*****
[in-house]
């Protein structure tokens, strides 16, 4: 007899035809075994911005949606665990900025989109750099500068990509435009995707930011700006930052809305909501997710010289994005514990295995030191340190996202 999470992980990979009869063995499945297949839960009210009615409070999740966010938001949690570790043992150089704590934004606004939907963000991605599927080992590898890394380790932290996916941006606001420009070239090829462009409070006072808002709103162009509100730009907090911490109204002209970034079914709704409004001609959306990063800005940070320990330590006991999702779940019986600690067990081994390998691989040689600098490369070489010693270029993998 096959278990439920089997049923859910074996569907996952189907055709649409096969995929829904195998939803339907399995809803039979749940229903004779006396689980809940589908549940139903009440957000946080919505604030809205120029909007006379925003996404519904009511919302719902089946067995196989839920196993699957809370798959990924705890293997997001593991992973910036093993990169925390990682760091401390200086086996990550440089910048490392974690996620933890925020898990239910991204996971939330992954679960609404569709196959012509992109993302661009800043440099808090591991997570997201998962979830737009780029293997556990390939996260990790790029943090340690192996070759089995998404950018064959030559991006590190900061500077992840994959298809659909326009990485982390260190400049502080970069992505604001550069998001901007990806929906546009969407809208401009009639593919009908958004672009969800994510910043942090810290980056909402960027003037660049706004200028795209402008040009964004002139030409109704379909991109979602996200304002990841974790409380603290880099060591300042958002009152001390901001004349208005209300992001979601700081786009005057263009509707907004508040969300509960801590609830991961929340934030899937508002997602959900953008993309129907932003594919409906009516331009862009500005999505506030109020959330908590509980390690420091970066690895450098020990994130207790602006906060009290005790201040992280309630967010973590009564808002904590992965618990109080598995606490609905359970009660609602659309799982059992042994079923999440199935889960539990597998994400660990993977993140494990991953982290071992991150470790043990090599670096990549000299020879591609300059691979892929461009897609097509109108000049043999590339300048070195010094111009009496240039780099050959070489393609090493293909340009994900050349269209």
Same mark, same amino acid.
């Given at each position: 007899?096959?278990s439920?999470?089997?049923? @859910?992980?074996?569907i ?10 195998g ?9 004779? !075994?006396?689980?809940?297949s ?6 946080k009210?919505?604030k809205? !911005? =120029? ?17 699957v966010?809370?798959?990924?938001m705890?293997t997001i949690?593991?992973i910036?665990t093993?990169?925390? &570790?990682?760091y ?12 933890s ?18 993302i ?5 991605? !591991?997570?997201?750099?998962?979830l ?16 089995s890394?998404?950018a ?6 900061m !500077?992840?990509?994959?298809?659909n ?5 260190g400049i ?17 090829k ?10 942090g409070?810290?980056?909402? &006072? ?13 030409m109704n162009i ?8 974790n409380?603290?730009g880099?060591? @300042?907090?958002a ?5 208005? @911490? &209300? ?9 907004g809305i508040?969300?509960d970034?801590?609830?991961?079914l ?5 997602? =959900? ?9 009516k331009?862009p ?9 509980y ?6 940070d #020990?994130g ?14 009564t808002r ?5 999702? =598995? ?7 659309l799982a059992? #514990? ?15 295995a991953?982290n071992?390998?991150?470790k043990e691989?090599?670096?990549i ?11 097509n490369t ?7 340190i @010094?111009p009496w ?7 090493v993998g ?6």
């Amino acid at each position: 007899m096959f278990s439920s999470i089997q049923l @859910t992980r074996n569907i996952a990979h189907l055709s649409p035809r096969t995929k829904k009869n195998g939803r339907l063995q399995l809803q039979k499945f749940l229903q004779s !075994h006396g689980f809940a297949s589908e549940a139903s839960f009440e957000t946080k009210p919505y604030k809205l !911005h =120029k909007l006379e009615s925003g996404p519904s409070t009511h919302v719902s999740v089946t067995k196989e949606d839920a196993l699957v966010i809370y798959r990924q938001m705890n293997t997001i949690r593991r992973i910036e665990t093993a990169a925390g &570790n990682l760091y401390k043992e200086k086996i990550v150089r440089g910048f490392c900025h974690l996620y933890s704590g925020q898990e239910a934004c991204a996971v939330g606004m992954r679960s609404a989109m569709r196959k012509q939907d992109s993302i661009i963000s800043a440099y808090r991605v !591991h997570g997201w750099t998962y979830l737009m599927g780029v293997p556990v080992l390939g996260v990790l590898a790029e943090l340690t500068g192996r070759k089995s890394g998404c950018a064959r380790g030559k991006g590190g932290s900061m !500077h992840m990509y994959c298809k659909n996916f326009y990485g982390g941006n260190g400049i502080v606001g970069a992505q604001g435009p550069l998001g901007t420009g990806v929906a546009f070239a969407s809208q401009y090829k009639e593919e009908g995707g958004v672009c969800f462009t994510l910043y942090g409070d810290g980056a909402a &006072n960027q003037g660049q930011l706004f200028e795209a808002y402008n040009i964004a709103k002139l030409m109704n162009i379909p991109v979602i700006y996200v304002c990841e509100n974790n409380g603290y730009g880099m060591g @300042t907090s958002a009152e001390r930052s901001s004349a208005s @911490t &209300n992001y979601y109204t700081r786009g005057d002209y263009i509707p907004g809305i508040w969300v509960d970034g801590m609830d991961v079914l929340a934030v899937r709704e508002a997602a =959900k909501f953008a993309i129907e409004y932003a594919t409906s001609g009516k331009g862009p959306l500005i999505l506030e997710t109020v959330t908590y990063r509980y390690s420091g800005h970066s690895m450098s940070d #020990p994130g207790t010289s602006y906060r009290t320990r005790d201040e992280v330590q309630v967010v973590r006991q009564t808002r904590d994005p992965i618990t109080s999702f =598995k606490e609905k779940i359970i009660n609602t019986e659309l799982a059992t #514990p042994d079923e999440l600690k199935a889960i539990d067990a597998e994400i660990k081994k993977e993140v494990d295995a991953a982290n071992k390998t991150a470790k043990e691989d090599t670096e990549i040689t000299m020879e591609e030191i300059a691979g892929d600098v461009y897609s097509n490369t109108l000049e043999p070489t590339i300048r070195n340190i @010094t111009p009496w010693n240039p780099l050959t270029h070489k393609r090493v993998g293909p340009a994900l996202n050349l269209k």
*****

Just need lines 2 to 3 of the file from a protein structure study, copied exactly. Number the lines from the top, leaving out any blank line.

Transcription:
């Protein structure tokens, strides 16, 4: 007899035809075994911005949606665990900025989109750099500068990509435009995707930011700006930052809305909501997710010289994005514990295995030191340190996202 999470992980990979009869063995499945297949839960009210009615409070999740966010938001949690570790043992150089704590934004606004939907963000991605599927080992590898890394380790932290996916941006606001420009070239090829462009409070006072808002709103162009509100730009907090911490109204002209970034079914709704409004001609959306990063800005940070320990330590006991999702779940019986600690067990081994390998691989040689600098490369070489010693270029993998 096959278990439920089997049923859910074996569907996952189907055709649409096969995929829904195998939803339907399995809803039979749940229903004779006396689980809940589908549940139903009440957000946080919505604030809205120029909007006379925003996404519904009511919302719902089946067995196989839920196993699957809370798959990924705890293997997001593991992973910036093993990169925390990682760091401390200086086996990550440089910048490392974690996620933890925020898990239910991204996971939330992954679960609404569709196959012509992109993302661009800043440099808090591991997570997201998962979830737009780029293997556990390939996260990790790029943090340690192996070759089995998404950018064959030559991006590190900061500077992840994959298809659909326009990485982390260190400049502080970069992505604001550069998001901007990806929906546009969407809208401009009639593919009908958004672009969800994510910043942090810290980056909402960027003037660049706004200028795209402008040009964004002139030409109704379909991109979602996200304002990841974790409380603290880099060591300042958002009152001390901001004349208005209300992001979601700081786009005057263009509707907004508040969300509960801590609830991961929340934030899937508002997602959900953008993309129907932003594919409906009516331009862009500005999505506030109020959330908590509980390690420091970066690895450098020990994130207790602006906060009290005790201040992280309630967010973590009564808002904590992965618990109080598995606490609905359970009660609602659309799982059992042994079923999440199935889960539990597998994400660990993977993140494990991953982290071992991150470790043990090599670096990549000299020879591609300059691979892929461009897609097509109108000049043999590339300048070195010094111009009496240039780099050959070489393609090493293909340009994900050349269209």
Same mark, same amino acid.